Some days it can seem like cybersecurity is an endless line of attacks and breaches, wrought by powerful adversaries from down the street or around the globe, not unlike a superhero movie. Security teams are kept busy dealing with the latest threats, disclosures, and patches, aided by increasingly powerful tools to detect threats, correct compromised systems, and generally protect the organization.
For me and my researcher colleagues in the industry, defense is a boundless task, fighting against more than 600 million pieces of malware, ransomware, and other cyberattacks. But like other professions, my day typically starts with a meeting.
7:00 – 9:00 AM: Morning Sync-up with Team
The team that I lead is largely remote, so first thing in the morning is an online sync-up with them. What is going on, what have they seen? Sometimes the meetings are 15 minutes, other times they can take a whole hour – it depends on what is going on and what needs to be addressed.
We work with machine learning and other analytics to identify changes in traffic patterns, pulling in various threat intelligence data and identifying any correlating events in our customer traffic. These morning meetings are focused on uncovering reasons for changes and interesting anomalies, as well as identifying and classifying new threats.
There is too much for any one person to keep track of, so collaboration is vital as threats appear, grow, and evolve. This enables the team to identify which areas are of concern, what we should dig into, and what we need to escalate to other teams for further action and investigation. I generally collaborate with other internal researchers – there are dedicated URL researchers, file researchers, threat intel researchers. However, for McAfee, the spheres of collaboration have grown from our internal team to encompass customers, external threat researchers, other security vendors, law enforcement organizations, and government agencies.
Threat intelligence sharing, which began with academic researchers and high-threat industries such as finance and information technology, today has expanded into most major industries. In the U.S., the National Council of Information Sharing and Analysis Centers (ISACs) has 24 members who collect, analyze, and disseminate actionable threat information to their members and provide tools to mitigate risks and enhance resiliency. More recently, we helped found the Cyber Threat Alliance, a group of cybersecurity practitioners working together to share threat information and improve defenses. Intelligence sharing and collaboration across boundaries are now essential components of cybersecurity.
9:00 – 9:30 AM: Catchup on the latest Security News
Unless there is a major security breach, massive new threat or other emergency, I spend some time reviewing the latest internal and external news from security researchers. I’m also interested in understanding what our research teams are seeing, responding to questions from our customers, reviewing new security exploits being posted, and hearing updates on the ongoing battle with ransomware and how this impact our customers.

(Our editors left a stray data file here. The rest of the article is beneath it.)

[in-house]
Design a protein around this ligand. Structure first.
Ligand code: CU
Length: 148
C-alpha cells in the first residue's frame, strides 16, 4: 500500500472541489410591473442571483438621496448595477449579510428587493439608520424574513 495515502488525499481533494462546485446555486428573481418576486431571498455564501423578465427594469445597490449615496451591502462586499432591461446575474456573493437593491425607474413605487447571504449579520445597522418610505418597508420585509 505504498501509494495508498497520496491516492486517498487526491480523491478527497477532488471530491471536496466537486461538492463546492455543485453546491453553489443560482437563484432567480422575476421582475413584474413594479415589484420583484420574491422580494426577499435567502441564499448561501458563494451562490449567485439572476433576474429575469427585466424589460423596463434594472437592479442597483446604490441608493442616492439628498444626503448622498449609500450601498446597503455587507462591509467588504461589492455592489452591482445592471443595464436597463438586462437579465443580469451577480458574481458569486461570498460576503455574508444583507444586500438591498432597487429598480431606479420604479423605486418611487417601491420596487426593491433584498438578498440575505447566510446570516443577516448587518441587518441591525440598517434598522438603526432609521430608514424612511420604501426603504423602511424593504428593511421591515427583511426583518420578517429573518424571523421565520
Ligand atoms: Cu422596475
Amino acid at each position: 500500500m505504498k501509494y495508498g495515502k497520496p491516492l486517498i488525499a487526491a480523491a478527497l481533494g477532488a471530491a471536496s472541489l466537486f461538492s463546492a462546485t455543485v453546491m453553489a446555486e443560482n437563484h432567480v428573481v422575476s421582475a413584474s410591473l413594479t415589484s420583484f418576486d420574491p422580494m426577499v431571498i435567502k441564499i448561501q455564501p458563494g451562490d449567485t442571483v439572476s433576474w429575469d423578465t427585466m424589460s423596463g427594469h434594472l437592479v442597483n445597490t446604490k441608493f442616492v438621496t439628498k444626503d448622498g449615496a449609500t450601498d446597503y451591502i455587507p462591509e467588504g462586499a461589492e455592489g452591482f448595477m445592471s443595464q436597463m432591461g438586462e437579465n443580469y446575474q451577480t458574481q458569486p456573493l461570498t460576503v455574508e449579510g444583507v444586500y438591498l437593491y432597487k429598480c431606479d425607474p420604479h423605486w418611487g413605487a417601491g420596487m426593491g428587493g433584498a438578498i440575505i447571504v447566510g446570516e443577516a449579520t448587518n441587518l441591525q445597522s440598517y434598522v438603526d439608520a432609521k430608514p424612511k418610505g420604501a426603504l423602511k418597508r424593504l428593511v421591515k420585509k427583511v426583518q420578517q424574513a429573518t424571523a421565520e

I will do my own investigations over the course of the day into how this new information changes how we look at the overall picture, and how new tools, techniques or procedures impact our existing models. This is not something I just take on by myself; I partner with members of my team and other researchers. But I definitely get hands-on, which means diving into the data, analyzing an attack to find out where intruders were going, how they got in, and what additional data we need to answer questions about where our protection strategies fell short. My research also examines the geographic range of the threat to see if it is limited to just a few customers or is more widespread.
9:30 AM – 4:00 PM Collaboration & Planning
The bulk of my workday is spent with other researchers around the company. This is a mix of meetings, less formal discussions, and in-person or online collaboration. We typically discuss whether product features and capabilities are adequate to the job at hand, and whether we have the technical skills to meet the evolving challenges. This is also when we plan for the future, answering questions such as how do we scale the system to handle the new amount of data that we need, how do we ensure that our data is protected and meets customers’ privacy expectations, and what missing data do we need to collect from our point products, or from our threat intelligence sharing activities?
Daily Challenges & Rewards
The most frustrating part of my day is knowing that when we miss something, someone else will have a very bad day. Every hour we are protecting people worldwide from over 600 million pieces of malware, seven million types of ransomware, and a wide range of other attack types. Still, every day I think about how I can do better, how my department can do better, and how we can help our customers do better. And then I get to apply my skills and experience, keeping the world safe from hackers!
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